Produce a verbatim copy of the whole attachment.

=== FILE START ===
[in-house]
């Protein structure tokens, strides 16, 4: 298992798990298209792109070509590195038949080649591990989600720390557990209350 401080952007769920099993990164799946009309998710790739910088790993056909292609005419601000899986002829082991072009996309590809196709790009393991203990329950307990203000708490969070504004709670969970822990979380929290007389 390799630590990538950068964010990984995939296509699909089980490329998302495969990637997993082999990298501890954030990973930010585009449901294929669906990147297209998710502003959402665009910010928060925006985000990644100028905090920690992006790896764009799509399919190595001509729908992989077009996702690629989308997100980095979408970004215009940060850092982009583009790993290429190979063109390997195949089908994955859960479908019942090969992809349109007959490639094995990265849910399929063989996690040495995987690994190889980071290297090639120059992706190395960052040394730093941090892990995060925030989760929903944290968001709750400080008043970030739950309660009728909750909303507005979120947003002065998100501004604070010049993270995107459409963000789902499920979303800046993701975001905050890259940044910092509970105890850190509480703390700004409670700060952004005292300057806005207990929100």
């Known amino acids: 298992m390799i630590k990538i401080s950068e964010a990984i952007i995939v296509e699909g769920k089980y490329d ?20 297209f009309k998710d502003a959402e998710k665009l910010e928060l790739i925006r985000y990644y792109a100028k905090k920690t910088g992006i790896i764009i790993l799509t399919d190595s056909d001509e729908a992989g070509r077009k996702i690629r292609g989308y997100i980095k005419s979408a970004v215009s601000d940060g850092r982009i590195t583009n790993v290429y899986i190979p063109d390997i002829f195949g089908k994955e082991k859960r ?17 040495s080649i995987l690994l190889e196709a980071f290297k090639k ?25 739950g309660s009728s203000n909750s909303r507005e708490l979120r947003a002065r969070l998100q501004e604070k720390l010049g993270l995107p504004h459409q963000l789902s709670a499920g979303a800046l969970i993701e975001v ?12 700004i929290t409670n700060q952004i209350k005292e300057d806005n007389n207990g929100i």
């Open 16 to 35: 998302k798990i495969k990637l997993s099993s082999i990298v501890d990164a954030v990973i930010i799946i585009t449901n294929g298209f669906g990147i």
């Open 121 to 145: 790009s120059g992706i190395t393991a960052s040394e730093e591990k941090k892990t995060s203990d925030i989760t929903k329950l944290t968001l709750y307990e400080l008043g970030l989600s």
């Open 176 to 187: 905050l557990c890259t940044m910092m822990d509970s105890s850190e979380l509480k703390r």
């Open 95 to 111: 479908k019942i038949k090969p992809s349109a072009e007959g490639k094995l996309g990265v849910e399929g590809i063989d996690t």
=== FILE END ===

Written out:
[in-house]
């Protein structure tokens, strides 16, 4: 298992798990298209792109070509590195038949080649591990989600720390557990209350 401080952007769920099993990164799946009309998710790739910088790993056909292609005419601000899986002829082991072009996309590809196709790009393991203990329950307990203000708490969070504004709670969970822990979380929290007389 390799630590990538950068964010990984995939296509699909089980490329998302495969990637997993082999990298501890954030990973930010585009449901294929669906990147297209998710502003959402665009910010928060925006985000990644100028905090920690992006790896764009799509399919190595001509729908992989077009996702690629989308997100980095979408970004215009940060850092982009583009790993290429190979063109390997195949089908994955859960479908019942090969992809349109007959490639094995990265849910399929063989996690040495995987690994190889980071290297090639120059992706190395960052040394730093941090892990995060925030989760929903944290968001709750400080008043970030739950309660009728909750909303507005979120947003002065998100501004604070010049993270995107459409963000789902499920979303800046993701975001905050890259940044910092509970105890850190509480703390700004409670700060952004005292300057806005207990929100």
């Known amino acids: 298992m390799i630590k990538i401080s950068e964010a990984i952007i995939v296509e699909g769920k089980y490329d ?20 297209f009309k998710d502003a959402e998710k665009l910010e928060l790739i925006r985000y990644y792109a100028k905090k920690t910088g992006i790896i764009i790993l799509t399919d190595s056909d001509e729908a992989g070509r077009k996702i690629r292609g989308y997100i980095k005419s979408a970004v215009s601000d940060g850092r982009i590195t583009n790993v290429y899986i190979p063109d390997i002829f195949g089908k994955e082991k859960r ?17 040495s080649i995987l690994l190889e196709a980071f290297k090639k ?25 739950g309660s009728s203000n909750s909303r507005e708490l979120r947003a002065r969070l998100q501004e604070k720390l010049g993270l995107p504004h459409q963000l789902s709670a499920g979303a800046l969970i993701e975001v ?12 700004i929290t409670n700060q952004i209350k005292e300057d806005n007389n207990g929100i």
């Open 16 to 35: 998302k798990i495969k990637l997993s099993s082999i990298v501890d990164a954030v990973i930010i799946i585009t449901n294929g298209f669906g990147i």
């Open 121 to 145: 790009s120059g992706i190395t393991a960052s040394e730093e591990k941090k892990t995060s203990d925030i989760t929903k329950l944290t968001l709750y307990e400080l008043g970030l989600s």
């Open 176 to 187: 905050l557990c890259t940044m910092m822990d509970s105890s850190e979380l509480k703390r």
């Open 95 to 111: 479908k019942i038949k090969p992809s349109a072009e007959g490639k094995l996309g990265v849910e399929g590809i063989d996690t």